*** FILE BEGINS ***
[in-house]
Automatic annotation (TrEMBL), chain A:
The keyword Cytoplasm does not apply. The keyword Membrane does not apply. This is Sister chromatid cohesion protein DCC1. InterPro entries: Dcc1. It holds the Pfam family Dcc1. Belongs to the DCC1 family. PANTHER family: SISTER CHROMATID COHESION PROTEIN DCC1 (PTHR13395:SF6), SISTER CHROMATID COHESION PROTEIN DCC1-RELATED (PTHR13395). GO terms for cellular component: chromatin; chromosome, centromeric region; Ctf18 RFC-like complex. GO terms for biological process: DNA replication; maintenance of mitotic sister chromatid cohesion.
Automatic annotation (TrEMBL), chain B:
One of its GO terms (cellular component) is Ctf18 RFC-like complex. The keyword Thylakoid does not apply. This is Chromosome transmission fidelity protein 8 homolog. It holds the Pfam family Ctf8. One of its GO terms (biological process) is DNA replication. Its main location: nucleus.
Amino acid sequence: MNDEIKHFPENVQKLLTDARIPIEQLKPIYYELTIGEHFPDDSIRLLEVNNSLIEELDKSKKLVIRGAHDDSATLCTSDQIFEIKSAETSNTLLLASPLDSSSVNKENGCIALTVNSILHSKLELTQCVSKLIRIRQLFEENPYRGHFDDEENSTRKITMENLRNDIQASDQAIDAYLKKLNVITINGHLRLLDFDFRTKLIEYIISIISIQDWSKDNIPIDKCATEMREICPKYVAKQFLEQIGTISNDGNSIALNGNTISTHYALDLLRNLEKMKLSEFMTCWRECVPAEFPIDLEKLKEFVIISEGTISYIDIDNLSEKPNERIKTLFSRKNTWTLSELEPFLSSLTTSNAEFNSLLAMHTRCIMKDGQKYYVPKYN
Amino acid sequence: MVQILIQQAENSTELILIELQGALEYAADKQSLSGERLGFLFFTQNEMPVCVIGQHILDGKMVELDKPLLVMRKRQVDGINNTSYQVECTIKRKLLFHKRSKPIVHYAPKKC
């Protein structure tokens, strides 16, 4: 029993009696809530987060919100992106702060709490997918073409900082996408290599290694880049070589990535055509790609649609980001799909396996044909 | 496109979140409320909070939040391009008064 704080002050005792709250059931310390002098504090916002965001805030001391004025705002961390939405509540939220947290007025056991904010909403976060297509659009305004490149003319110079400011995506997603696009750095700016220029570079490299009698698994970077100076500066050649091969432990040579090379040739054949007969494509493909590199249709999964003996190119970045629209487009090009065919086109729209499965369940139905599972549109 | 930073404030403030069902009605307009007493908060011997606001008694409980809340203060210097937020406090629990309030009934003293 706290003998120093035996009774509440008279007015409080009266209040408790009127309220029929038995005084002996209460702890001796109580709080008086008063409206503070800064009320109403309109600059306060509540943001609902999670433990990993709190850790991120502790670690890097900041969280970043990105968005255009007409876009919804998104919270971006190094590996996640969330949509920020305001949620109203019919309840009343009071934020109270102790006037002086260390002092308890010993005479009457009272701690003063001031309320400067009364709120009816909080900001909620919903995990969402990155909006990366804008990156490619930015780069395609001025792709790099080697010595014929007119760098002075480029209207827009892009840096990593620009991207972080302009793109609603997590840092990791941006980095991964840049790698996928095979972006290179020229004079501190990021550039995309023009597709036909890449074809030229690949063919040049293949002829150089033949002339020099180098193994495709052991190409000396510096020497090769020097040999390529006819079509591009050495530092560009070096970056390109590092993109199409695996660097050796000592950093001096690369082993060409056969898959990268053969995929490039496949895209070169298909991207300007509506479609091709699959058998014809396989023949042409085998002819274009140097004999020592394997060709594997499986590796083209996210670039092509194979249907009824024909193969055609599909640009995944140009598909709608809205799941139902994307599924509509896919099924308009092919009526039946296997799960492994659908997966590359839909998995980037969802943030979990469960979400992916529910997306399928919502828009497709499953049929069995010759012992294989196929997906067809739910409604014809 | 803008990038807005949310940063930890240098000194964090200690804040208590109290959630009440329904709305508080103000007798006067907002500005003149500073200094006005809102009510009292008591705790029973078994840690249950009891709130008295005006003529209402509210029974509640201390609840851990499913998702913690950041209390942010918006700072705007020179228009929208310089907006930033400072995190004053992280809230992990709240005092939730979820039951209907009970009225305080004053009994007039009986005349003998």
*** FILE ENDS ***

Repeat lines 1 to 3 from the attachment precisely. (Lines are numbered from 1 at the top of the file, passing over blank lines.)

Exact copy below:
[in-house]
Automatic annotation (TrEMBL), chain A:
The keyword Cytoplasm does not apply. The keyword Membrane does not apply. This is Sister chromatid cohesion protein DCC1. InterPro entries: Dcc1. It holds the Pfam family Dcc1. Belongs to the DCC1 family. PANTHER family: SISTER CHROMATID COHESION PROTEIN DCC1 (PTHR13395:SF6), SISTER CHROMATID COHESION PROTEIN DCC1-RELATED (PTHR13395). GO terms for cellular component: chromatin; chromosome, centromeric region; Ctf18 RFC-like complex. GO terms for biological process: DNA replication; maintenance of mitotic sister chromatid cohesion.